Firing the Wife and Staying Married
What to do, carefully, if she just doesn't cut it in your company
This man is smart enough to know the difference between hiring an employee and employing his wife: "My wife is a full-time housewife and mother, and she wants to help me out part-time in my business. She means well, but I'm not satisfied with her work. She says she'll do something, but I can't count on it being done. The other day, she said she would handle something for me, and when I asked about it, she hadn't done it. The timing on this was critical. If she were a regular employee, I would have fired her a long time ago, but she's my wife. What should I do?"
To answer that, we have to understand why she's not doing well in your business. Here are some questions to help you diagnosis the source of the trouble:
Do you ask your wife to do things that are beyond her ability? A task might
be simple for you, but may not come naturally to her. How do you decide
what responsibilities to give her: Based on what she likes to do, what
you don't like to do, or what you assume is simple enough for her to handle?
Have you taught your wife how to do everything you ask of her, even the
simple tasks, so she knows how you prefer to have them done?
When you give her an assignment, are you absolutely clear about the
deadlines and the consequences to your business if it's not done on time
and properly? Do you give her instructions as you or she rush out the door
or while she's dealing with the kids?
Do you feel that to do something right, you have to do it yourself? Is
your wife the problem, or would you have trouble delegating to anyone?
Are your standards so high that your wife can't possibly meet them?
Are you and your wife struggling for power for other reasons? Is it possible
that your wife is angry with you and expresses it indirectly by doing a
poor job? Does she do things her way when it's not appropriate to assert
Does she have unconscious reasons to sabotage your business? Is there
anything about your business success that threatens her?
Do you respect her? You may love her as a wife and mom, but do you
respect her as a business person? If not, you'll always be uneasy delegating
to her, and you'll be waiting to pounce on mistakes.
You said, "My wife wants to help me in my business," not, "I decided to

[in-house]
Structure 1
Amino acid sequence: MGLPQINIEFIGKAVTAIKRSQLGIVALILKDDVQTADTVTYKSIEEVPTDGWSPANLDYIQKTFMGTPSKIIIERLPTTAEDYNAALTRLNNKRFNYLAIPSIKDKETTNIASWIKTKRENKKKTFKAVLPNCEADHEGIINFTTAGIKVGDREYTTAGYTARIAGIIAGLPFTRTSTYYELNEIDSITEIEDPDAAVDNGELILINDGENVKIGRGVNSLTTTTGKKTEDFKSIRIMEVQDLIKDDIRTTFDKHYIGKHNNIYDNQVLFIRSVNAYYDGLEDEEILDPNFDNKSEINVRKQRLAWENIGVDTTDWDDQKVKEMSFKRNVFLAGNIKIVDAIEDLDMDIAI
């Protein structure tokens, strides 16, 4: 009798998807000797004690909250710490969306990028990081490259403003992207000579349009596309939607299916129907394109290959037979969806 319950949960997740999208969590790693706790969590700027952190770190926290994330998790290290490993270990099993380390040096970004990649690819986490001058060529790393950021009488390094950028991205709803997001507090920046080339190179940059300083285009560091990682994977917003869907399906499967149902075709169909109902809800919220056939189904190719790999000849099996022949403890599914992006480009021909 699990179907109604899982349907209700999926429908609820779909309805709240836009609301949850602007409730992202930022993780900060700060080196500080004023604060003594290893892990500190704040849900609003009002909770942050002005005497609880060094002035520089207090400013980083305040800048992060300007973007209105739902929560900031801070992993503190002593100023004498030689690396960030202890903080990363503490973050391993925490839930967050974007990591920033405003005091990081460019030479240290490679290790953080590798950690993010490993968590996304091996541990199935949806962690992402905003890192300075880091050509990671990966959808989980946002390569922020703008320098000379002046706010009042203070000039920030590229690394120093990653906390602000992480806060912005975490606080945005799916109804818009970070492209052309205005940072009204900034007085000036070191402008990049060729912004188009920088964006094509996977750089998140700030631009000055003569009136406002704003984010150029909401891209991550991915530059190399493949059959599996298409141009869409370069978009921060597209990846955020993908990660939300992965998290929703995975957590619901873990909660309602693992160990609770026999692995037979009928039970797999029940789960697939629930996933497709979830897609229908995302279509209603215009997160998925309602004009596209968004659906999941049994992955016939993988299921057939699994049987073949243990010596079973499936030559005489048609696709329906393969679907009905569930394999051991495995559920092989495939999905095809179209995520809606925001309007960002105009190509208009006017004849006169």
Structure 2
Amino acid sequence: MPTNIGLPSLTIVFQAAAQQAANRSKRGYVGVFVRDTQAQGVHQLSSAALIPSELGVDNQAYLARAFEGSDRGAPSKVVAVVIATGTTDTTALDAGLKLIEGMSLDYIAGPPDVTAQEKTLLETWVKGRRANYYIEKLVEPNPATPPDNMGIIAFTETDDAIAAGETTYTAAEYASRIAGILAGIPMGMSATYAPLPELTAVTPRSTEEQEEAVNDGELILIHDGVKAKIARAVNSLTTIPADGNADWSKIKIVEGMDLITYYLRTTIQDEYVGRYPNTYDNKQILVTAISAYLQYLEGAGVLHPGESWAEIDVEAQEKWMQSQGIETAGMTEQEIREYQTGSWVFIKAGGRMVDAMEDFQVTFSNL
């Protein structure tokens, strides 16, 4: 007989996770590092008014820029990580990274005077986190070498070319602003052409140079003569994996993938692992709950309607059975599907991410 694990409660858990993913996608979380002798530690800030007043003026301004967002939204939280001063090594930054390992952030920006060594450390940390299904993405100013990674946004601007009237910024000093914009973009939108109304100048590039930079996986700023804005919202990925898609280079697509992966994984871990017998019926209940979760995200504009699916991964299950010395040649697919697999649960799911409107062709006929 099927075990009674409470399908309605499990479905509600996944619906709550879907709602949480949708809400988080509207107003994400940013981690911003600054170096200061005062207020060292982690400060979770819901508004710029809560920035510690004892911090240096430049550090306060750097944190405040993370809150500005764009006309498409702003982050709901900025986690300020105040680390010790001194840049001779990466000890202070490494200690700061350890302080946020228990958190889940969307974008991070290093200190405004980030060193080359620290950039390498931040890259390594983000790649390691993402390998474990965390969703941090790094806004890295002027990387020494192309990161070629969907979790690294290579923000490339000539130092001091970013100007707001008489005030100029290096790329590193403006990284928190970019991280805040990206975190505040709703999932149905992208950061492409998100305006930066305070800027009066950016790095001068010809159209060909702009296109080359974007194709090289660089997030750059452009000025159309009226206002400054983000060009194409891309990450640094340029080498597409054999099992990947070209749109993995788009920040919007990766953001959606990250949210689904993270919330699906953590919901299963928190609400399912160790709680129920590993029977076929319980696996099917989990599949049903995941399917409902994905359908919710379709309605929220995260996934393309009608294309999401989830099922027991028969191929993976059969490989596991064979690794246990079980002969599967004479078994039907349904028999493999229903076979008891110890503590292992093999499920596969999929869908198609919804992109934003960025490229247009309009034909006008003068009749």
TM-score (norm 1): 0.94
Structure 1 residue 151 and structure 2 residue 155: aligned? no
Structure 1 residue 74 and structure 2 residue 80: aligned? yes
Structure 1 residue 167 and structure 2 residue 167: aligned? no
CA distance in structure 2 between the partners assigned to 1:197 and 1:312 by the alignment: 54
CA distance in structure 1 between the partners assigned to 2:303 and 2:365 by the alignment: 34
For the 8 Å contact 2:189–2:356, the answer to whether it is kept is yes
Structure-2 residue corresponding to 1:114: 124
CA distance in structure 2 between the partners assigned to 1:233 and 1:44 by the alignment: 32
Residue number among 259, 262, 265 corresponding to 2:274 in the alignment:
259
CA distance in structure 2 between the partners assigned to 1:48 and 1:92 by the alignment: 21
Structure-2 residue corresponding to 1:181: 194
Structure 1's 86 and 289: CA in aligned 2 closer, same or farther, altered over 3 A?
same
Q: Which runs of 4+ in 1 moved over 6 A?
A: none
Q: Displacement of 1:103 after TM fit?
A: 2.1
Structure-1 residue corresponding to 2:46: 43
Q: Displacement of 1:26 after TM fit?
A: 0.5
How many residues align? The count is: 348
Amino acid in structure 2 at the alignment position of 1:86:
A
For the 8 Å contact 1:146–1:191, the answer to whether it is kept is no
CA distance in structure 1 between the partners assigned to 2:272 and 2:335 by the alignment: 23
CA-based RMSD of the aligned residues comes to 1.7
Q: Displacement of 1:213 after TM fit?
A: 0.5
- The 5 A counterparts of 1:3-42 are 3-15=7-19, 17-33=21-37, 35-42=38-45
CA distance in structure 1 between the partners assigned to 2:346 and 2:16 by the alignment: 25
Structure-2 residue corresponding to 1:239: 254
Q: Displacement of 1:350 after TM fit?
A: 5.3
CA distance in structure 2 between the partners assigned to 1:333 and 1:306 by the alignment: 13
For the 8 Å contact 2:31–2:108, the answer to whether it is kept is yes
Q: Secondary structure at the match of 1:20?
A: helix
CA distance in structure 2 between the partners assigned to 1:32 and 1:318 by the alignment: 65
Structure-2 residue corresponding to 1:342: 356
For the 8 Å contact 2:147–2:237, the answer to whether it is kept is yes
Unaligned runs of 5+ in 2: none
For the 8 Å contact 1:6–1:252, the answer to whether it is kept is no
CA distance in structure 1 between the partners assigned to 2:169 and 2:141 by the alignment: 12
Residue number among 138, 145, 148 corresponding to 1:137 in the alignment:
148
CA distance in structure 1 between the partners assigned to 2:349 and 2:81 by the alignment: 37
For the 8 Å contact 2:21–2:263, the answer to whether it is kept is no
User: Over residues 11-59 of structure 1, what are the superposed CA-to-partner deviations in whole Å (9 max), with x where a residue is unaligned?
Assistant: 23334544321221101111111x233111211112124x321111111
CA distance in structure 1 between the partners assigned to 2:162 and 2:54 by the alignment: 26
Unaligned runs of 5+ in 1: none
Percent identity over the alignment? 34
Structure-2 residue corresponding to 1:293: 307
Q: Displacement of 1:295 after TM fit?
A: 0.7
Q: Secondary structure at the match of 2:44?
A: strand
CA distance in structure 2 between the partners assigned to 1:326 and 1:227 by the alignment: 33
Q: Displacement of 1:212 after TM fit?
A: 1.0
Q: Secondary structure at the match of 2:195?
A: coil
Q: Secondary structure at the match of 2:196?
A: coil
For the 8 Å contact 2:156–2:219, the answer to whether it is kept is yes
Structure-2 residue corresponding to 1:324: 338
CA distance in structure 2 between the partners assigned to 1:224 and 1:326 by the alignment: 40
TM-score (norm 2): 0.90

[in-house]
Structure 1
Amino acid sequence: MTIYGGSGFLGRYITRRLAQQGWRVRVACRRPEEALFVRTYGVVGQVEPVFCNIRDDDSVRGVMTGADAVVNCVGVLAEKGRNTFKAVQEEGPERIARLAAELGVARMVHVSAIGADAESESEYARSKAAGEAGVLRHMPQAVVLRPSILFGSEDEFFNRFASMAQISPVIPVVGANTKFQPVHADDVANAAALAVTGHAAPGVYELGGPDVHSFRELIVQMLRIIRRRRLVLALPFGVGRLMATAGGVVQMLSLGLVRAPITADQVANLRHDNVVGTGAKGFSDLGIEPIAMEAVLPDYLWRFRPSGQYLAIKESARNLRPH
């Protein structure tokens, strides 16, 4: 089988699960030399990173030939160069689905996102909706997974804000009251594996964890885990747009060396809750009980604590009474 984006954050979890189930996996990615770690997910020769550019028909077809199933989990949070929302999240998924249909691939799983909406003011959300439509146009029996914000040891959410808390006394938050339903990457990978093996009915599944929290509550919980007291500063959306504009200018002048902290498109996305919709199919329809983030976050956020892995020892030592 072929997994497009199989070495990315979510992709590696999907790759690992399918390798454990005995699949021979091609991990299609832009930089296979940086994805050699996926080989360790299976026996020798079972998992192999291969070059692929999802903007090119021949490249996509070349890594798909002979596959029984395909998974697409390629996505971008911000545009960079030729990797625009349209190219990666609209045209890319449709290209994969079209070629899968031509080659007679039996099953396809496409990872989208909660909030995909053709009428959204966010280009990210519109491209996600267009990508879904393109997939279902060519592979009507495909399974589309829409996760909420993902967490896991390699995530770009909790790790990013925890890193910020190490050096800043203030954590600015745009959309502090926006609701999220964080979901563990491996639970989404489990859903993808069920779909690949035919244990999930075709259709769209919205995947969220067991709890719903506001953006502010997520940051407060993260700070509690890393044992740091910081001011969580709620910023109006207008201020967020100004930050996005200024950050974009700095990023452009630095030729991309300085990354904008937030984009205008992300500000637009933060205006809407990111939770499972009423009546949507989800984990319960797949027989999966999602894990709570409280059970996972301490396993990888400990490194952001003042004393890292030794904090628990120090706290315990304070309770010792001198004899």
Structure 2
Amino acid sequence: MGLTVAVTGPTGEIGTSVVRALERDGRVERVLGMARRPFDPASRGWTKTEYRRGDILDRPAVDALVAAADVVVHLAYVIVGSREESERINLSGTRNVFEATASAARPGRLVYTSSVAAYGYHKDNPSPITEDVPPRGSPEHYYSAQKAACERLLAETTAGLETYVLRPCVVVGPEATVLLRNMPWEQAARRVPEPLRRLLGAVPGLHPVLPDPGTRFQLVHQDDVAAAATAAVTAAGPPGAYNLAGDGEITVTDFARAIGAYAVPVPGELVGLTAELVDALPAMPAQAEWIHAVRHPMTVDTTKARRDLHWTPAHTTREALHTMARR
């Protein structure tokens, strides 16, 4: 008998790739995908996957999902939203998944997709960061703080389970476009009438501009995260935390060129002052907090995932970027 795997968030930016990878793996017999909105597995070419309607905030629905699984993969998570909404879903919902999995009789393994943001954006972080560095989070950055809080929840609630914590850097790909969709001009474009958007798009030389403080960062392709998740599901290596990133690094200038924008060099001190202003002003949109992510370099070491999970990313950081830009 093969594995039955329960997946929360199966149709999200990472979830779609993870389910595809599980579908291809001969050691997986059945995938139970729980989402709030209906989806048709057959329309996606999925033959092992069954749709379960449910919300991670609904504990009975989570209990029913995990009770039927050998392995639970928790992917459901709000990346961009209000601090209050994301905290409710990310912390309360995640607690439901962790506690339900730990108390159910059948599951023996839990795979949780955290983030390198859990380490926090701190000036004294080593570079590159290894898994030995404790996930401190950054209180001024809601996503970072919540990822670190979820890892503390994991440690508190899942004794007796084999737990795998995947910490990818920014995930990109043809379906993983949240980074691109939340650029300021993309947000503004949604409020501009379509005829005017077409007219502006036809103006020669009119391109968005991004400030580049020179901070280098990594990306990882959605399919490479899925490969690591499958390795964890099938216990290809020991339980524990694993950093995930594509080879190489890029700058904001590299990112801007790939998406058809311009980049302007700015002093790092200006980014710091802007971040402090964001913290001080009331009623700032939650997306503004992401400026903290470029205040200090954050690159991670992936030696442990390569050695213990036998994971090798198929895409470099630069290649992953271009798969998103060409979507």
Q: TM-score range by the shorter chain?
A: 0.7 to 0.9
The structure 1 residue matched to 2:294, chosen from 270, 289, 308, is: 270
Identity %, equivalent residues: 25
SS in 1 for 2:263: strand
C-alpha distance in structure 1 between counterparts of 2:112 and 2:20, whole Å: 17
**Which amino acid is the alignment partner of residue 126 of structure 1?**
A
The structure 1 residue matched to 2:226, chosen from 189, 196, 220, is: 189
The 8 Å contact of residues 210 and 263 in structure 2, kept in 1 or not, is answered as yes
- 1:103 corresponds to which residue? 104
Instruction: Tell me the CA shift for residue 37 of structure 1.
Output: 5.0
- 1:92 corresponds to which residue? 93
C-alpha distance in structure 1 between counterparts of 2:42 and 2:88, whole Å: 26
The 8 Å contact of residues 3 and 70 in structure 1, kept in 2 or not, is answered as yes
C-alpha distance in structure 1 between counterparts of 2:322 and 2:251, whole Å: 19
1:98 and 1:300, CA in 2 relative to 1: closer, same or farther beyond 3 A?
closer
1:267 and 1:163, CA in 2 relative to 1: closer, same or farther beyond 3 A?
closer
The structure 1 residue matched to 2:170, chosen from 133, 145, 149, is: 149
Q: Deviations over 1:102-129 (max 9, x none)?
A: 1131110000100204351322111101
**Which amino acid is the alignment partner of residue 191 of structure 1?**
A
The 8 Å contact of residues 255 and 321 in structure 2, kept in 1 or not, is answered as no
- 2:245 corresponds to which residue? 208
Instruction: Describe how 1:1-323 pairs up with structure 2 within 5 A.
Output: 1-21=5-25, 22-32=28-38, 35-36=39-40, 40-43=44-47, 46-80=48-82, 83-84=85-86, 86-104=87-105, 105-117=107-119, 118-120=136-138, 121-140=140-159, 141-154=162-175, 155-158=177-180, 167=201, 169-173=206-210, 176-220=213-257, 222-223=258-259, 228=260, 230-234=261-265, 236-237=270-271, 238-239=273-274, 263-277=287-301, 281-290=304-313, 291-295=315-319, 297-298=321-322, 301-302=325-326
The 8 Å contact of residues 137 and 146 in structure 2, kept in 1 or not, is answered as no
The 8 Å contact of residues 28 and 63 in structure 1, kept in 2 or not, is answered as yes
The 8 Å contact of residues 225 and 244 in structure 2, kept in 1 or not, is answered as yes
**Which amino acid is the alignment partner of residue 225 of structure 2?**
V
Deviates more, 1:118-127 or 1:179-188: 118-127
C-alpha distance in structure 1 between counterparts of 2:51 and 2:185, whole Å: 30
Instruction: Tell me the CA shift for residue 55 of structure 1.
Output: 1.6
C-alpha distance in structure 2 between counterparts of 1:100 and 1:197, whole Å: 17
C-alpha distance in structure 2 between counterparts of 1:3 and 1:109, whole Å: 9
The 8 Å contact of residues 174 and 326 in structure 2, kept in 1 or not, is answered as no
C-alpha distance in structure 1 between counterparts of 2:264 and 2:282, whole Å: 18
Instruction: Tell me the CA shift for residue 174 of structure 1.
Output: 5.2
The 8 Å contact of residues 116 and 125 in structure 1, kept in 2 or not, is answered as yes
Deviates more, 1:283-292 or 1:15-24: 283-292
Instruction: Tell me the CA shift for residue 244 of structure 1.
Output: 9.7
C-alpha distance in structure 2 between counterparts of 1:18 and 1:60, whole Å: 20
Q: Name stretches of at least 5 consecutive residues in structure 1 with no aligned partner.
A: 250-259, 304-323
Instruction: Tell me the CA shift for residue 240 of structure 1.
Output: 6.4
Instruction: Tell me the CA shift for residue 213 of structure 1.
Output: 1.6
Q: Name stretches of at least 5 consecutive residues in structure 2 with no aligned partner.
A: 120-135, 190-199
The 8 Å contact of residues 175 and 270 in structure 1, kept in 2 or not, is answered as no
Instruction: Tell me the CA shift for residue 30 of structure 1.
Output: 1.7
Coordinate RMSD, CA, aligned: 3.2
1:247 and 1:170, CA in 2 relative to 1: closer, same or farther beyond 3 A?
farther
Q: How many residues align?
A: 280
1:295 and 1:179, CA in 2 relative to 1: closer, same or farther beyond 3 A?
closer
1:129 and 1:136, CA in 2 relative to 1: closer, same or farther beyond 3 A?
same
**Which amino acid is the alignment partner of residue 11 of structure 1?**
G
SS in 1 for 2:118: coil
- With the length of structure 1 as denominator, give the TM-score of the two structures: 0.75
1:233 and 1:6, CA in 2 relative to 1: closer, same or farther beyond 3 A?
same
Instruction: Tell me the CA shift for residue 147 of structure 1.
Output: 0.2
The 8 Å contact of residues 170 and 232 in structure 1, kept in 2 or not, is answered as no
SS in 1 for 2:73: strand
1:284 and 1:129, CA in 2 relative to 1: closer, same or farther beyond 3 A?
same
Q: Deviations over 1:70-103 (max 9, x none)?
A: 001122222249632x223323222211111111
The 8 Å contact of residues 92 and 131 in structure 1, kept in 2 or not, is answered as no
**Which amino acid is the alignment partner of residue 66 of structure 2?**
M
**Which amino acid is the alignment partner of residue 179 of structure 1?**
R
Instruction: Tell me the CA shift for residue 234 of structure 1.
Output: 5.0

hire my wife," or "I need to hire someone in my business, and I'm
trying out my wife." Is your wife an unwelcome intruder on your turf? Some
business owners welcome family assistance, and some prefer to keep business
and marriage quite separate.
Once you know why she's doing the work poorly, you can better decide whether
you want to fix the problem or "fire" her. Firing anyone is painful. Dismissing
your wife is harder, even if it's the right thing for both of you. This
is no time to "punish" her for letting you down. Keep her self-esteem
intact. Here are some positive ways to tell her: "I don't like the strain
this is putting on our marriage, and I don't want to do anything to jeopardize
us." Or, "I like things done a certain way, and it's hard for anyone to
please me. Please don't take it personally, but I'd prefer to take care
of it myself." Or, "You do a great job taking care of the kids and the
house, and I don't want to distract you from that."
Is it possible that your wife doesn't want to work in the business,
but does so for other reasons? Maybe she feels that's the only way she'll
know what goes on in the business or maybe she misses you. You can
address these emotional needs by talking with her more.
Even if you release her as a part-time employee, it's not the same as
letting go of someone you'll never see again. Look for opportunities to
help your wife feel connected to your business. Keep her informed, as you
would a silent partner. The more included she feels in your business and
your life, the less she'll feel compelled to "help" you in ways you find unhelpful.